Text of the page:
Employee turnover or attrition is one of the biggest factors that limit an organization’s growth trajectories. With the pressure on margins and the competition for talent, it makes a lot of sense to explore and implement strategies that work as well as or better than financial benefits to attract and retain top talent and increase their productivity. One such benefit is to offer work life flexibility to your people, call it remote work, virtual work, mobile work, telework or telecommuting, work from home – it essentially means moving work to your staff rather than moving your staff to work. In a recent article in HBR by Sylvia Ann Hewlett, she shared some interesting statistics – when surveyed about the possibility of working remotely, 83% of Millennials and 75% of Boomers say that the freedom to choose when and where they work motivates them to give 110%.

Common sense and multiple surveys tell us that remote working is a win-win situation for both organizations and employees – why has this mode then not been adopted more widely?  One key reason is that managers and employers are not really comfortable extending this mode of working. There is a certain reluctance arising from the fear that there will be an impact on productivity levels if people are not there working right in front of you. I have worked in a remote mode and have managed geographically dispersed remote teams for most of my career – and have found a greater than 25% increase in productivity and efficiency levels for both myself and my teams. Working remote is a responsibility – and I have written about the worker aspect of it in my earlier post. Today’s post is focused on the leadership responsibilities of the manager and or employer on making working from anywhere, anytime effective.

Leadership Tip #1: Engage – Communication at all levels and through all available channels is key to success in connecting the “isolated” team members and bringing them together as a team. This is not about the technology and tools (of which a myriad variety is available today) but about the basic steps to create an emotional connection. Listen, converse, and reach out often to build a rapport with your team members and a shared environment of trust. Create frameworks and processes for communication, decision-making and problem solving for your team with guidelines on how, when and where people can interact with each other to set the expectations and the pattern.  Mailing lists, weekly one-on-one calls or meetings, chat sessions, social media sharing all help bring people together.

Leadership Tip #2: Empower – Micromanagement of tasks and depending on physical proximity to keep track of your team is of course no longer a possibility here (and should not be so even in regular work environments). So let go the old style of leadership and move to outcome based leadership. It’s all about trust. Give autonomy (with accountability) to your teams. Set goals with deadlines – make sure that your teams fully understand the goals and have the support that they need to achieve them – and track them on outcomes instead of tasks. Address problems early and be available to your teams. Promote “intrapreneurship” within your teams, sit back and enjoy watching them GO.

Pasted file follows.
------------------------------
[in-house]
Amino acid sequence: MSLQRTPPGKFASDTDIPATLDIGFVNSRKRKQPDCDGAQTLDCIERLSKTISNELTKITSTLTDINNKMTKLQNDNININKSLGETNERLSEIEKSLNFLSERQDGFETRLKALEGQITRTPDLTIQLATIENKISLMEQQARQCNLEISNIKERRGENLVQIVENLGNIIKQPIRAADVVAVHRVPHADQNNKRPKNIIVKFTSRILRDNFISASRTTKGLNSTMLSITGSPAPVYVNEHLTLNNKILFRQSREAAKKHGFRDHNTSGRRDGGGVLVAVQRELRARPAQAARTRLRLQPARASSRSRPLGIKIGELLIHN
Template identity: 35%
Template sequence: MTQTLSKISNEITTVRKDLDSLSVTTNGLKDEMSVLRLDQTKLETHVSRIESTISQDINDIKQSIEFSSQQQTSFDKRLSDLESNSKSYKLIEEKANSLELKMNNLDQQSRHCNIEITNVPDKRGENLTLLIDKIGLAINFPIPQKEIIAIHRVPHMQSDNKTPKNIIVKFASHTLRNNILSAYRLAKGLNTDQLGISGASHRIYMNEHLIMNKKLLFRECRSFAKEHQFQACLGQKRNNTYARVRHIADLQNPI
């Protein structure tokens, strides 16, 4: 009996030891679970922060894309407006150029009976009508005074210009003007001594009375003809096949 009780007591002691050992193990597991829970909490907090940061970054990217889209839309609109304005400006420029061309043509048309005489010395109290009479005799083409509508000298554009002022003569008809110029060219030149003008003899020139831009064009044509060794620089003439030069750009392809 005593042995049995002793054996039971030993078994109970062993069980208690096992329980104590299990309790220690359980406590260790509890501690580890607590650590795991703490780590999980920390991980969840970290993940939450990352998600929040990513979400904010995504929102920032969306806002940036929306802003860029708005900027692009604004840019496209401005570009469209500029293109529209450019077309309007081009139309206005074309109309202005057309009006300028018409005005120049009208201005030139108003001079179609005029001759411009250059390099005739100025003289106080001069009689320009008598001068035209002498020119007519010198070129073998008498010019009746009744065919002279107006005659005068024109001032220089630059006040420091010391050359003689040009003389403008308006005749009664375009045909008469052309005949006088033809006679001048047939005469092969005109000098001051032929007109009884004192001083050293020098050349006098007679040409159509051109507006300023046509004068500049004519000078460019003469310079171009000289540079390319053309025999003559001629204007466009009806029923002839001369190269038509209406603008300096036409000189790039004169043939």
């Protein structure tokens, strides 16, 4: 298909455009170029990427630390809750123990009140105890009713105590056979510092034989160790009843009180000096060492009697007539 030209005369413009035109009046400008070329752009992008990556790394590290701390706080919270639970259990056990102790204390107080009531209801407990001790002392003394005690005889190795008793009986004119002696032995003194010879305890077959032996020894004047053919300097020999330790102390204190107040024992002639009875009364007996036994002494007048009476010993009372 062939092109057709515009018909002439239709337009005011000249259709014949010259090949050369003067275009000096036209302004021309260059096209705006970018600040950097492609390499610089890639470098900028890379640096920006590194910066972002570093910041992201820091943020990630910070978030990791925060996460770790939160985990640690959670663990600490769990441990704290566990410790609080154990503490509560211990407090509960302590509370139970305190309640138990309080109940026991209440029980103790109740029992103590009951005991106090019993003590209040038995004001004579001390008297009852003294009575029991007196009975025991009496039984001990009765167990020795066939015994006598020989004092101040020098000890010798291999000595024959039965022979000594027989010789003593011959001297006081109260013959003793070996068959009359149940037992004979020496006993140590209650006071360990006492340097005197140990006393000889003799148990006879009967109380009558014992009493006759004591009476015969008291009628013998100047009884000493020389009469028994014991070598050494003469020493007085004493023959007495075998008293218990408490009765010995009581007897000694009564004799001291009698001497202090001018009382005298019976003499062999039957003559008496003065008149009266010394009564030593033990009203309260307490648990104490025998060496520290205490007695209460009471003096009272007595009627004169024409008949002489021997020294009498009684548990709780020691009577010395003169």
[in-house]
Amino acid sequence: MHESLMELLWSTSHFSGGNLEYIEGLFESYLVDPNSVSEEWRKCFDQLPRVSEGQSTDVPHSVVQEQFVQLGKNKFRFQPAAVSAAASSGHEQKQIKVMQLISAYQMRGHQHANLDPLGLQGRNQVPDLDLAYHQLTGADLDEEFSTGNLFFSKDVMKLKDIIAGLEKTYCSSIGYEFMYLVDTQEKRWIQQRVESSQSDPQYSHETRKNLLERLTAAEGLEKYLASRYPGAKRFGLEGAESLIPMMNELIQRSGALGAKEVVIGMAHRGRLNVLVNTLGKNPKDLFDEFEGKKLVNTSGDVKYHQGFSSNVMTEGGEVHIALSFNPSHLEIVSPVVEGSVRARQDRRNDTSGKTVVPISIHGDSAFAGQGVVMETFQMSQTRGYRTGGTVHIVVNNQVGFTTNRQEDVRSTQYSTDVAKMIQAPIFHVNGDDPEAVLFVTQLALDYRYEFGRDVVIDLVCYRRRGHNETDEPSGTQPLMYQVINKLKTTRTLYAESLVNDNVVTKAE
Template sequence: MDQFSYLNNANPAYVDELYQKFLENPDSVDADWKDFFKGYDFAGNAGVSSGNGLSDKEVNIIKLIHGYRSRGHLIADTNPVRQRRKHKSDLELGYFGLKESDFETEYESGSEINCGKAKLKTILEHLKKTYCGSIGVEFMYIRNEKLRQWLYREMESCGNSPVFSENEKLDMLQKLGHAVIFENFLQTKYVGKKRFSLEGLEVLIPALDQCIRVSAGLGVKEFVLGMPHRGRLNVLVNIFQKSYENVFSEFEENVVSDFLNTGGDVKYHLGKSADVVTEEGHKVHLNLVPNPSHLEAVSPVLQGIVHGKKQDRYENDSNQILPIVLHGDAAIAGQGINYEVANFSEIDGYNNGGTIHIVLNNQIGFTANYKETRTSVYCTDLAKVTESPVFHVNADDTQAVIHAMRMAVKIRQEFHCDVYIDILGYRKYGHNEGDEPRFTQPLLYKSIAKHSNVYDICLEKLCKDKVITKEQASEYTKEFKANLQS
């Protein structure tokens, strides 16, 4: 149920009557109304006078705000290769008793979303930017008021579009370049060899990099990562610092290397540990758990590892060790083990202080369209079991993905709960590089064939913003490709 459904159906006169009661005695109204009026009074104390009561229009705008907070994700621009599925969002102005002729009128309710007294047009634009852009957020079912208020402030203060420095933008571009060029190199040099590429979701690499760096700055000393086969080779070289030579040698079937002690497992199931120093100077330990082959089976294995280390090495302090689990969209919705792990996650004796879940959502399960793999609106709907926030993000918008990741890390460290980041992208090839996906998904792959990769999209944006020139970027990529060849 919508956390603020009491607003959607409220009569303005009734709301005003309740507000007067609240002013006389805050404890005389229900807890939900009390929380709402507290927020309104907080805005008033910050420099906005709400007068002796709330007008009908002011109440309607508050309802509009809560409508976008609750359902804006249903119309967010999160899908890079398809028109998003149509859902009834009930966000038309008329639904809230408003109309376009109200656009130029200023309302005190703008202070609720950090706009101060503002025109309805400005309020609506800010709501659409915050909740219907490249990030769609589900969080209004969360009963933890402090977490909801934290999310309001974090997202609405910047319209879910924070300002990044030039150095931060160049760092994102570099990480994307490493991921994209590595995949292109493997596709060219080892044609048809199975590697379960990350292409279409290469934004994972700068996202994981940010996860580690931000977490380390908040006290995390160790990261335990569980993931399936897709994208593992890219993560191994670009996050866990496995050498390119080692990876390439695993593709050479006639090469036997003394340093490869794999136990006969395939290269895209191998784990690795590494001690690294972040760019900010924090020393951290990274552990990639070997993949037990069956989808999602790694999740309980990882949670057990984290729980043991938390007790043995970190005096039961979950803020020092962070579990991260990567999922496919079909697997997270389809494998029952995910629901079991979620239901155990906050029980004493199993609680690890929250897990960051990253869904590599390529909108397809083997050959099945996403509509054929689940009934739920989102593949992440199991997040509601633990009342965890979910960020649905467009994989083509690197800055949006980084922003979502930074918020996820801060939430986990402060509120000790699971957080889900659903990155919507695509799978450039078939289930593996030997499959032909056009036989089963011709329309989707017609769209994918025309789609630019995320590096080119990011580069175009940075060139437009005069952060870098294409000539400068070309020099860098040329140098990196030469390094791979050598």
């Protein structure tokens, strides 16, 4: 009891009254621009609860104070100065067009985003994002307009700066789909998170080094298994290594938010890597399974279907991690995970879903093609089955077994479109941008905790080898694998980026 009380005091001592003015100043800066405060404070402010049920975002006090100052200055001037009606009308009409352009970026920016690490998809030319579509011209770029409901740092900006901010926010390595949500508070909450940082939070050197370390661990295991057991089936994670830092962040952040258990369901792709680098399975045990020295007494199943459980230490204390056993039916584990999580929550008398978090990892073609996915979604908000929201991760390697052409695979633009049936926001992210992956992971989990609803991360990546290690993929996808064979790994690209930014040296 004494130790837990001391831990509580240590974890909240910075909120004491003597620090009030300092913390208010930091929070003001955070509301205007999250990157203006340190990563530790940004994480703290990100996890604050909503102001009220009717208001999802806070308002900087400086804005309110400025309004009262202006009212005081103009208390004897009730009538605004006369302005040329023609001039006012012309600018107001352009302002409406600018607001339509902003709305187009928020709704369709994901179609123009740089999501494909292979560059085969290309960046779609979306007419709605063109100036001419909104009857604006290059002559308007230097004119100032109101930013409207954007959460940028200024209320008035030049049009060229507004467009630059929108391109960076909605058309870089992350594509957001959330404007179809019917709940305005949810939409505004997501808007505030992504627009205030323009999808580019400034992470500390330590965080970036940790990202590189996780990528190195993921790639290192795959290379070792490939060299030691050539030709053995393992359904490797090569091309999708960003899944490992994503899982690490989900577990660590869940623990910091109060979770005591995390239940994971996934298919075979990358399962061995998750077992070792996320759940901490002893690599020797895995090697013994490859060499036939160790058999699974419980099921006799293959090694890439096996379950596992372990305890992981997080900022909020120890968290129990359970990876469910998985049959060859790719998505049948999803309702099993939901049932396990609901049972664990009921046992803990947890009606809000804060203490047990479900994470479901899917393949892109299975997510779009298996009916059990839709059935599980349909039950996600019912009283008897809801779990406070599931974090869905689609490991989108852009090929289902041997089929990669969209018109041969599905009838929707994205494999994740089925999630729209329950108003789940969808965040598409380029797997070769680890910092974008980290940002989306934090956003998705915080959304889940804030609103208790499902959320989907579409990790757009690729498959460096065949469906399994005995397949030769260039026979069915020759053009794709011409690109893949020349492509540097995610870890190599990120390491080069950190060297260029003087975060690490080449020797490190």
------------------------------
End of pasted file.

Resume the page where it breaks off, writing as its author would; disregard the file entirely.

Leadership Tip #3: Enable – This one is about technology and tools. Create a secure and efficient environment for your remote team to work seamlessly without hassles. Microsoft, SAP, Cisco and many others have great tools to ease remote working. Simple things like good internet bandwidth, power backups and laptops, Conference Bridge and WebEx, project management tools all have a big impact on productivity when working remote. Evaluate the options that best fit the team and the business needs and provide the facilities to your team to enable productive working across multiple time zones and locations.

Leadership Tip #4: Energize – Enthuse your remote teams by providing a shared vision and purpose and making it clear about how their work contributes to the success of the organization. This is extremely important in a virtual environment where team members may feel isolated from the organization and ambivalent about the hits and misses in the organization. Ensure that there is no disparity in compensation, promotion eligibility and benefits between the people who work from office and those that don’t. Make your teams successes and contributions visible throughout the organization. Encourage the team to mentor each other and make wins and losses a joint responsibility by celebrating wins and learning from mistakes together.

Leadership Tip #5: Exemplify – It all begins with you – walk the talk and set the right example through your own actions. Be proactive, alert, transparent and always available for your teams. Put in more effort to stay connected with your teams, appreciate often and be sensitive to the work-life balance of your team members. Working remote needs a lot of integrity and honesty and not everything can be laid out in black and white in policies and processes. Influence your teams through your own example and by being a role model so that there is no confusion within the teams on the “right” way to do things in a remote work environment.